These aren't mine, but from a little book called the Contradictionary. Sort of a Devil's Dictionary of the current age.

    ECONOMY - as an adjective, "cheap"; as a noun, that which compels us to render ourselves thus

    INVENTION - mother of necessity

    SACRED - possessing a quality characteristic of cows, venerated by the cowed
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  5. tobarstep added a post in a topic The Conjuring   

    I feel like this is a continuation of what is going on with television. Where the most popular shows on the History Channel and Discovery are about UFO's/aliens or "reality" programming that - in addition to being about the most banal subject matter available - is entirely scripted.
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  6. tobarstep added a post in a topic Conversation With My 4 Year Old   

    Just keep him away from horses...
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  7. tobarstep added a topic in Influence   

    "Scientific Method" spawns morality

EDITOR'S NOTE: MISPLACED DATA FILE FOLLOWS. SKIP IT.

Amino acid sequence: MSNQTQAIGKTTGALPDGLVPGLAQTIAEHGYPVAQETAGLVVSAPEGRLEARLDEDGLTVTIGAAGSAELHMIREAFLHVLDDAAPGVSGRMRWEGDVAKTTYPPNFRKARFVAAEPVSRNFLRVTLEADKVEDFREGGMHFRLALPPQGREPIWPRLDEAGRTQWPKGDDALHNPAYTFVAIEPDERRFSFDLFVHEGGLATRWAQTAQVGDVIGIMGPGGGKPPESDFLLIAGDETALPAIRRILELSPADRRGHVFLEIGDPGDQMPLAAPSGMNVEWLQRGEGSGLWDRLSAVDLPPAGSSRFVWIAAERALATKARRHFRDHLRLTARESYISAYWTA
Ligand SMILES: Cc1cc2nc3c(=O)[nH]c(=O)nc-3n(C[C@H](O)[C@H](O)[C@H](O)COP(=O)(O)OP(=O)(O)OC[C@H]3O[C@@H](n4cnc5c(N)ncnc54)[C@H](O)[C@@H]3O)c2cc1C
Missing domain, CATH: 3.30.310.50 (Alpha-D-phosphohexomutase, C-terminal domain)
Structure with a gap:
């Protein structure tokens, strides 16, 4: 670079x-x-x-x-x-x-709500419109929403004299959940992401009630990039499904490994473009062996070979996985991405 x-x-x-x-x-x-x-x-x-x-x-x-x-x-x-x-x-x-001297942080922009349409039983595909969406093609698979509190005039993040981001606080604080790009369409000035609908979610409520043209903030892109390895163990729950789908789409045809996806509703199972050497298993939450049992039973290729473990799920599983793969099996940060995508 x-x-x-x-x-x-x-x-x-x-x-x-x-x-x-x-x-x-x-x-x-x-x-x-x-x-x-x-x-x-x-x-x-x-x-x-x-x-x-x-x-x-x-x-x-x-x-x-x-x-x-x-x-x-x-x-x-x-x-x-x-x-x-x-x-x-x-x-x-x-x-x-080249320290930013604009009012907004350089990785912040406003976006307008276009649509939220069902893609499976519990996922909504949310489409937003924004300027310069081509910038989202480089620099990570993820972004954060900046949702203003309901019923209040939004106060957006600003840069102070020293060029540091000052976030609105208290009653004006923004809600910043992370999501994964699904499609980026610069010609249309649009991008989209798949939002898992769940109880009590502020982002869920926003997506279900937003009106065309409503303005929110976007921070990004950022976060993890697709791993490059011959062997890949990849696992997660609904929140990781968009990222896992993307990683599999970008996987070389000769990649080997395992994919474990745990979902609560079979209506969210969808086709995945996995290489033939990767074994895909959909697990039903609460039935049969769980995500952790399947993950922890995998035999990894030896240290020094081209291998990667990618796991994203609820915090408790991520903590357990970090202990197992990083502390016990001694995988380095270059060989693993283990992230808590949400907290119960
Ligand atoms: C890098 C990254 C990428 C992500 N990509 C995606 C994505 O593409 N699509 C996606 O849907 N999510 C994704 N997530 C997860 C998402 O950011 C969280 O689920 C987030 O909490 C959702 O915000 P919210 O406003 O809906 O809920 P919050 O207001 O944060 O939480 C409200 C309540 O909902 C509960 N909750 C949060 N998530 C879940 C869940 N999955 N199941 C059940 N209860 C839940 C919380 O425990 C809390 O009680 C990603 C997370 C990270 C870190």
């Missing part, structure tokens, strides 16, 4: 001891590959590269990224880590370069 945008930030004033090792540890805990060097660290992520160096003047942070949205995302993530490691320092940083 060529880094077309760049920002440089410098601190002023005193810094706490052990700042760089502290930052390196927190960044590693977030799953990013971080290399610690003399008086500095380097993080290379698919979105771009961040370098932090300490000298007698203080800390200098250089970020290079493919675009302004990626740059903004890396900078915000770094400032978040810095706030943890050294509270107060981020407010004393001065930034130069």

Is it just me, or does this article seem like Sam Harris is paying a PR firm to write a puff piece to take attention away from Steven Pinker?
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  8. tobarstep added a post in a topic Self Realization: 24 steps   

    Well, a statement like this

    runs counter to one of the cornerstone assumptions of Existentialism that "existence precedes essence". As this quote above seems itself a cornerstone assumption of your own philosophy, I think The Heretic is correct in saying it probably doesn't belong in this subforum.
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  9. tobarstep added a post in a topic What books are you reading now?   

    Obviously the initial draft of The Murder Room was written c.200 CE.
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  10. tobarstep added a post in a topic im gonna try a bootcamp thing